});

Example Usage with the path-engine:

var levelQuery = require('level-queryengine'),
    pathEngine = require('path-engine'),
    levelup = require('levelup'),
    db = levelQuery(levelup('my-db'));

db.query.use(pathEngine());

// index the properties you want:
db.ensureIndex('num');

db.batch(makeSomeData(), function (err) {
  // will find all objects with the num field set to 42
  db.query(['num', 42])
    .on('data', console.log)
    .on('stats', function (stats) {
      // stats contains the query statistics in the format
      //  { indexHits: 1, dataHits: 1, matchHits: 1 });
    });
});

API

require('level-queryengine')

Returns a function which you call on your levelup instance to add query and indexing capabilities. Eg:

var levelQuery = require('level-queryengine'),
    levelup = require('levelup'),
    db = levelQuery(levelup('my-db'));

db.query.use(queryEngine)

Sets the query engine to use for subsequent #query calls.

A queryEngine plugin is simply an object that returns the following functions:

// example
{
  query: query,
  match: matchfn,
  plans: {
    'property': propertyPlanFn,
    'pairs': pairsPlanFn
  }
};
  • query (function) - will be called by db#query, to execute the query. It must return an index stream (of indexes - see subindex) if indexes can be used OR null if no indexes can be used and a full levelup database "table" scan will commence instead.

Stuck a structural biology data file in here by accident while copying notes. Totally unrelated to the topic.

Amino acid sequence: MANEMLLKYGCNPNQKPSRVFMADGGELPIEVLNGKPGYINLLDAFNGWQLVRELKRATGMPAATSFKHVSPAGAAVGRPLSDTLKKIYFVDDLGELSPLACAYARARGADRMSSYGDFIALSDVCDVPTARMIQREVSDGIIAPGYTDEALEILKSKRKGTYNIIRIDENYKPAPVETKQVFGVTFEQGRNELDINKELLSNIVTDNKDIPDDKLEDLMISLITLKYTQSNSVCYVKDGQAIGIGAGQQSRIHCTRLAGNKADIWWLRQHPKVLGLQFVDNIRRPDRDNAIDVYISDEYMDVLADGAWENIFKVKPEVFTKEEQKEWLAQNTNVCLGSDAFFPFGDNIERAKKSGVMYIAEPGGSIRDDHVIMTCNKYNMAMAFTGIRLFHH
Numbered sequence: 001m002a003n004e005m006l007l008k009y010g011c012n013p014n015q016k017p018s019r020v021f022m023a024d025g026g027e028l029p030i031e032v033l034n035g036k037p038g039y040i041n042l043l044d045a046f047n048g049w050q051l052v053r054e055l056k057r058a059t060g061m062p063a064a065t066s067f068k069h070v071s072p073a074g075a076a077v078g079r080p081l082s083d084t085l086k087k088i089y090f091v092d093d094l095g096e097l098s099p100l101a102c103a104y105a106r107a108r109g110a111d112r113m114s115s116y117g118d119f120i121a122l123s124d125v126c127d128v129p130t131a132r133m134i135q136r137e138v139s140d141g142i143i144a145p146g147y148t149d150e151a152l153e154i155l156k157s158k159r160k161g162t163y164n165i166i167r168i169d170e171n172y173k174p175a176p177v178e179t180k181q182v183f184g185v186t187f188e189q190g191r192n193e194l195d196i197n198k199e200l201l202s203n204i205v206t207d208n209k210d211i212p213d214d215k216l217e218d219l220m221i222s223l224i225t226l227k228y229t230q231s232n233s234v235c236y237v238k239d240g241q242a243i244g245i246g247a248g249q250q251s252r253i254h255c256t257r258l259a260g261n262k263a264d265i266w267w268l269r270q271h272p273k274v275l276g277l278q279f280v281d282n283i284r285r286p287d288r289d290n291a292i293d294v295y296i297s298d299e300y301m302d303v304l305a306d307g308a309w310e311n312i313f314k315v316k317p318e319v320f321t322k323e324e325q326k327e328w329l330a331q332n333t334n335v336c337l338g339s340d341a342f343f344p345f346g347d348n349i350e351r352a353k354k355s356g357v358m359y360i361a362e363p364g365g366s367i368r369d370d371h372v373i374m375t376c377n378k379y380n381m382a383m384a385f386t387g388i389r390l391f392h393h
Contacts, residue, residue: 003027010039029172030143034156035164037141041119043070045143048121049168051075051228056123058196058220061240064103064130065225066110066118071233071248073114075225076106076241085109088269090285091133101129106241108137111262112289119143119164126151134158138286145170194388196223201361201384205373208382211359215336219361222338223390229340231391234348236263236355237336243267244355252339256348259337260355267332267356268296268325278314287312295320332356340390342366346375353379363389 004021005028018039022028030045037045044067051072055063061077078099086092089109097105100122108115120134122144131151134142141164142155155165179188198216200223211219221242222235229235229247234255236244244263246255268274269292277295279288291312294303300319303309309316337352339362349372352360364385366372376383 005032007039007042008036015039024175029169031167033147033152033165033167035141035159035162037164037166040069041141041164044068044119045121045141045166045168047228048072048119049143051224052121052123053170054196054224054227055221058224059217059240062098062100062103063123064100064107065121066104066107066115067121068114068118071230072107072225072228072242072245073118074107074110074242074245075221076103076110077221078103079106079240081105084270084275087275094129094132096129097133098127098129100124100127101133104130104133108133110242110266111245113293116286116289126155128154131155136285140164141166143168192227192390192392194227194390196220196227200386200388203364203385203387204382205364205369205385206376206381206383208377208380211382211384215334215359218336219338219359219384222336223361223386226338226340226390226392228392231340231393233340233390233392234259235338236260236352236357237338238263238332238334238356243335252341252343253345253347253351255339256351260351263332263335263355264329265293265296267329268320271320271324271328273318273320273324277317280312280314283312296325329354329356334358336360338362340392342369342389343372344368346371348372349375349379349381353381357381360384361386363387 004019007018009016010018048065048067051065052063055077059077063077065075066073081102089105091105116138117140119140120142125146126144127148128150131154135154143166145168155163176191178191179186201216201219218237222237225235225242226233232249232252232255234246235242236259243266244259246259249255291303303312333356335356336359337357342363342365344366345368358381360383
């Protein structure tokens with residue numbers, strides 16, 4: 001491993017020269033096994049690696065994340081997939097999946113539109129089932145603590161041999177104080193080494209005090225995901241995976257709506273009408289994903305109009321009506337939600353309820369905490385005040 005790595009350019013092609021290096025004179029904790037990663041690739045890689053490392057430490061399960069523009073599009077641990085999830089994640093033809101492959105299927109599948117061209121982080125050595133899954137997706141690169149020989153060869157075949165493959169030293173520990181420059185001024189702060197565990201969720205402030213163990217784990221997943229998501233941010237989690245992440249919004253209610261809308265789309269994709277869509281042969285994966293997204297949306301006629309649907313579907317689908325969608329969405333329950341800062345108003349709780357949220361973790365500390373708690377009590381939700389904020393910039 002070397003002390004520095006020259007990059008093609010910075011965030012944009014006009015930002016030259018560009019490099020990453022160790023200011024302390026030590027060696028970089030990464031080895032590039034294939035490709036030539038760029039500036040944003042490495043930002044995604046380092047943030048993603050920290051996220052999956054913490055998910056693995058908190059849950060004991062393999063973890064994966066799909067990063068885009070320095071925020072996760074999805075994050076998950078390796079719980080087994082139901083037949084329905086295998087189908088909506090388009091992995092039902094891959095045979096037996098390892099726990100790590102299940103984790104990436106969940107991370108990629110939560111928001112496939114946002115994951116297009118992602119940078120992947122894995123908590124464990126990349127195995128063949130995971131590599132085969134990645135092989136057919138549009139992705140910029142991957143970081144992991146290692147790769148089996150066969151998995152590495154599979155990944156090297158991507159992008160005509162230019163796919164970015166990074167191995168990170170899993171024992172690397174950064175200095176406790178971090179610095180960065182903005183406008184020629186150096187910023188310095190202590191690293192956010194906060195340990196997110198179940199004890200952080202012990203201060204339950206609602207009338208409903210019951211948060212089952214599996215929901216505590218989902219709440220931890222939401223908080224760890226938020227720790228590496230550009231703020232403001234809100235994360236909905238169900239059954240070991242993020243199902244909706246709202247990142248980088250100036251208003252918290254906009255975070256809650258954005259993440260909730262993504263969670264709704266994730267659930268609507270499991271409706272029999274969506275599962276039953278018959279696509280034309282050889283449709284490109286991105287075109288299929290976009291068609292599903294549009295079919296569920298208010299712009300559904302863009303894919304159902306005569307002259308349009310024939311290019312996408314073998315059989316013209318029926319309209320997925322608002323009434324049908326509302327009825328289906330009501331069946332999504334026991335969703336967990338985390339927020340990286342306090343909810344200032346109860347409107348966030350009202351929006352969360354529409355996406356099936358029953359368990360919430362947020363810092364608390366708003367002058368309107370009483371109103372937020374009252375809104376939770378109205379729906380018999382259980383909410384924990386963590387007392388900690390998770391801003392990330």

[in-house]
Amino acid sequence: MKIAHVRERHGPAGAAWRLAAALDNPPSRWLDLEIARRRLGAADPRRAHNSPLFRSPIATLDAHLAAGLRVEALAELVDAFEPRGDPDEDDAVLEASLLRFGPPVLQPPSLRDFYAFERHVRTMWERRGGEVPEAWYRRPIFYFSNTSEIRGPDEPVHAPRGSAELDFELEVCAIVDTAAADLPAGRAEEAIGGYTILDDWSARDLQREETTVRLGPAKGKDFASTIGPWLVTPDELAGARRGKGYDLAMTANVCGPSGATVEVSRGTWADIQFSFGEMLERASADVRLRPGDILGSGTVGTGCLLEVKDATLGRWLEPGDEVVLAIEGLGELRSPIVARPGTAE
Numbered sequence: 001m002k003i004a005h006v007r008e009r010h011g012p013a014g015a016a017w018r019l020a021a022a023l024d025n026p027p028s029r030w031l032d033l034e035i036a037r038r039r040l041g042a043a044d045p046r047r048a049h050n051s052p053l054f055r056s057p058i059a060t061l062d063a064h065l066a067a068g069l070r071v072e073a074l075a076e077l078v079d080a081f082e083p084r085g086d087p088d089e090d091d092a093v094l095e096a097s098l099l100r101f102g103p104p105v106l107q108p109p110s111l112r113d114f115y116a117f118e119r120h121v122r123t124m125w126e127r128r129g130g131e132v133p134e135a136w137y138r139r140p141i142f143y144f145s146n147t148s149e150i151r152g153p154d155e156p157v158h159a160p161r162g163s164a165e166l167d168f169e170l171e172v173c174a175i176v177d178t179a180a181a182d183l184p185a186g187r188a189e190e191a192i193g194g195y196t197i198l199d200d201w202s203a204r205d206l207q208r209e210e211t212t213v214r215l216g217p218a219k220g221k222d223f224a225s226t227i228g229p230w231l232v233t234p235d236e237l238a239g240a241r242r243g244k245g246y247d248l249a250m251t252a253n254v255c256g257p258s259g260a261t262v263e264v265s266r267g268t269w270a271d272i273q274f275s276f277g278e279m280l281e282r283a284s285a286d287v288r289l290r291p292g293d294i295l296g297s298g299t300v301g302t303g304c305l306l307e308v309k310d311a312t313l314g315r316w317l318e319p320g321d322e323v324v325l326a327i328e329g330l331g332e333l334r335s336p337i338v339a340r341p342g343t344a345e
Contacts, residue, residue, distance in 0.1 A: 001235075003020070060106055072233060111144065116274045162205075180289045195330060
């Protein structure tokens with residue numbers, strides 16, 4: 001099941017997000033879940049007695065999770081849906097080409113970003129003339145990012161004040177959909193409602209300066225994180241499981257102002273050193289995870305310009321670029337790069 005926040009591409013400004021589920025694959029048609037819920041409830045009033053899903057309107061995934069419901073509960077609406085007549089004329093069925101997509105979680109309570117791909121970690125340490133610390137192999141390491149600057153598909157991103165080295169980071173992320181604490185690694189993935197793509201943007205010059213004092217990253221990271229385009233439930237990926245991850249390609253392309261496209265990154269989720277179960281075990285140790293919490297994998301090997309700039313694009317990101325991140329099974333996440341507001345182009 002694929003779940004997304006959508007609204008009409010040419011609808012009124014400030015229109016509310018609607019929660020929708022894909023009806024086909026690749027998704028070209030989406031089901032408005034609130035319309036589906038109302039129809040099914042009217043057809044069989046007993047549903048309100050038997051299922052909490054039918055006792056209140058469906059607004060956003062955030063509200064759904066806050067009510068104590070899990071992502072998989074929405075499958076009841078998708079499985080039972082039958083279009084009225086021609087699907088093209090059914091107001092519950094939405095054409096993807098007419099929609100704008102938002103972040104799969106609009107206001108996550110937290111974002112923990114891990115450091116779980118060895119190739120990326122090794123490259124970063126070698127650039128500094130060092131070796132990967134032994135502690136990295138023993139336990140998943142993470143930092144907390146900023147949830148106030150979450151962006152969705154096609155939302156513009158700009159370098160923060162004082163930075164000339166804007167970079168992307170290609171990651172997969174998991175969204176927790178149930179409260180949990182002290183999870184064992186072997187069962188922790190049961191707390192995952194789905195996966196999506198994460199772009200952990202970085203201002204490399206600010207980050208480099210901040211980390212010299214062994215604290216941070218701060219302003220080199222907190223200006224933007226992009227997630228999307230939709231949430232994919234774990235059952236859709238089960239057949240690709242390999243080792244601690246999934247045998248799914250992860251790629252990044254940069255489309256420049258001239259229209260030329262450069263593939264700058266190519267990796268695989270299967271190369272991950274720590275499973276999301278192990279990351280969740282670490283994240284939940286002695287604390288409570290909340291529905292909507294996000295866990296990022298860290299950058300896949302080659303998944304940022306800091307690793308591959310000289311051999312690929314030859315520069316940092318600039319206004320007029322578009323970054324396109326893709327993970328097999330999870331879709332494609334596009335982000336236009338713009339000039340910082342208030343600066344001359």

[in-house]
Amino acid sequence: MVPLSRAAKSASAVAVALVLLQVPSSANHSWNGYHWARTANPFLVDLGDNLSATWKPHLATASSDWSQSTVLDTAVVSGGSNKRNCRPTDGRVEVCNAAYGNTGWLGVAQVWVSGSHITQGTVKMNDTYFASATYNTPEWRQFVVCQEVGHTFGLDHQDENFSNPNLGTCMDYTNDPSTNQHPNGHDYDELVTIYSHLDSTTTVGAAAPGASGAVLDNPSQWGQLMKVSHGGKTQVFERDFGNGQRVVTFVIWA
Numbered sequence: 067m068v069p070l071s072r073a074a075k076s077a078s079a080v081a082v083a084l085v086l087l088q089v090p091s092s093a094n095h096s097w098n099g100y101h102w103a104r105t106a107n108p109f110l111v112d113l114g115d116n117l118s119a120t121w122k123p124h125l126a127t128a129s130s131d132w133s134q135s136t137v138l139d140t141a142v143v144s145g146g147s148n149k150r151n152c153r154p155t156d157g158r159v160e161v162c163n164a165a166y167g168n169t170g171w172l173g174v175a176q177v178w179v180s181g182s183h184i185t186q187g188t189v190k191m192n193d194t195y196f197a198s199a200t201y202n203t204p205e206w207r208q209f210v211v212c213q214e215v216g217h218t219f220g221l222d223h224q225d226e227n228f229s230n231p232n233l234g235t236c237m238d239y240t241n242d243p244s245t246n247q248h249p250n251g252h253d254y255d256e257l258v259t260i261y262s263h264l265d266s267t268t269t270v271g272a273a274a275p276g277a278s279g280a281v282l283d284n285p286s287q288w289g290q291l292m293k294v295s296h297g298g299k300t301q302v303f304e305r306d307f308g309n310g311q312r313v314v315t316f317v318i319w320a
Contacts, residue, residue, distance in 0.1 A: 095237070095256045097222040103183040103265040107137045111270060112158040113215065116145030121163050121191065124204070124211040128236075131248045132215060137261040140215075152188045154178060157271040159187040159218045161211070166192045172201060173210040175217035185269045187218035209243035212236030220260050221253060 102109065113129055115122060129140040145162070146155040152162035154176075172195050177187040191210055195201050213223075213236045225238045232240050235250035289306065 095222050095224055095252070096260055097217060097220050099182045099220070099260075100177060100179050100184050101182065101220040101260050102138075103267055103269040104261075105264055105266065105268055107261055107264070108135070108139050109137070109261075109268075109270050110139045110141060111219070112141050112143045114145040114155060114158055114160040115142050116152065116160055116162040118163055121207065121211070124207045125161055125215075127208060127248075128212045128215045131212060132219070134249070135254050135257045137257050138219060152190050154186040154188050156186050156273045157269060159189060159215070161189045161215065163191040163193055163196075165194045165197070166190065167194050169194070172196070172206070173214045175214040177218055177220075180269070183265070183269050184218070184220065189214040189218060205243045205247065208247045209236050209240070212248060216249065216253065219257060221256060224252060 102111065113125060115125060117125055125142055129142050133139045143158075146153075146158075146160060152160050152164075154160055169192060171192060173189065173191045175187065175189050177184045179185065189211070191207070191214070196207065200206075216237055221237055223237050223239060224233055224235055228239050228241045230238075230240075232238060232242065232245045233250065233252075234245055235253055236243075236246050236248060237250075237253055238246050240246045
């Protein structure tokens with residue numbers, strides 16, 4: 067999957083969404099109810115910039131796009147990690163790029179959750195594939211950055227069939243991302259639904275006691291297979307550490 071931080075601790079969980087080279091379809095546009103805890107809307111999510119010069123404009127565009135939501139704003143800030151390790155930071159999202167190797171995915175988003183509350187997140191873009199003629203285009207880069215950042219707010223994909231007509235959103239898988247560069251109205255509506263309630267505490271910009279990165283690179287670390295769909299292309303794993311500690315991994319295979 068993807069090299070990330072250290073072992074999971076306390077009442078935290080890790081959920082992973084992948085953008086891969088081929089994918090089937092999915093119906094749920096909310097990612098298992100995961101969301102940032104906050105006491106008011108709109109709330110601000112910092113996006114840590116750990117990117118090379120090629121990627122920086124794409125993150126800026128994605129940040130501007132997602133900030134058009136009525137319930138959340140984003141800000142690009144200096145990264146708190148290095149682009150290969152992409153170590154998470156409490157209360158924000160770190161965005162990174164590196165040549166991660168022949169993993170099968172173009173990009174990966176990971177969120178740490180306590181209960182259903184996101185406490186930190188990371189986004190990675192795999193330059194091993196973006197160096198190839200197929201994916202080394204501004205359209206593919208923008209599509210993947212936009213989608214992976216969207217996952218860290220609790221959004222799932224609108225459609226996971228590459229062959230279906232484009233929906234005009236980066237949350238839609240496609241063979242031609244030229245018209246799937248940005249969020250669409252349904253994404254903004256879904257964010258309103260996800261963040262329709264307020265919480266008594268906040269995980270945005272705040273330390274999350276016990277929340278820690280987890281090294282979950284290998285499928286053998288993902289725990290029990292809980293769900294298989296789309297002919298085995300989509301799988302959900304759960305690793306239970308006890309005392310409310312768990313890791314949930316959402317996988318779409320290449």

• match(objectToMatch, query) (function) - a function that will be used as a final filter on the object stream generated. This function must return true if the objectToMatch matches the query passed to it. If an index creates some false positives then this function is responsible for doing the FINAL filter to ensure that objectToMatch matches the query. This is also used in the event of table scan to do the bulk of the filtering.
  • plans - a map of index strategy types to "plan" functions which take a subquery of the query execution, and return an indexStream if indexes can be used for the subquery, or null if no index can be used (which will cause a full levelup database "table" scan. Plan functions are used to divide responsibility between generating complicated compound queries (which may need to AND or OR the resultantant stream of index keys), to a simple subquery which works out what indexes to use. See the implementations of jsonquery-engine and path-engine for more details. By exposing the internals of the query plans it allows for people to write their own implementations of the query engines to run over other indexing strategies.

db.query(query)

Executes query using the current query engine, and returns a stream of values.

TODO

This project is under active development. Here's a list of things I'm planning to add:

  • add time taken to the statistics reporting
  • make the indexHits reporting more accurate for compound queries that depend on ANDs and ORs of streams.
  • allow for multiple query engines to be used at the same time
  • Do a SQL based query engine reference implementation (just for kicks!).
  • Add joins to some of the reference implementations.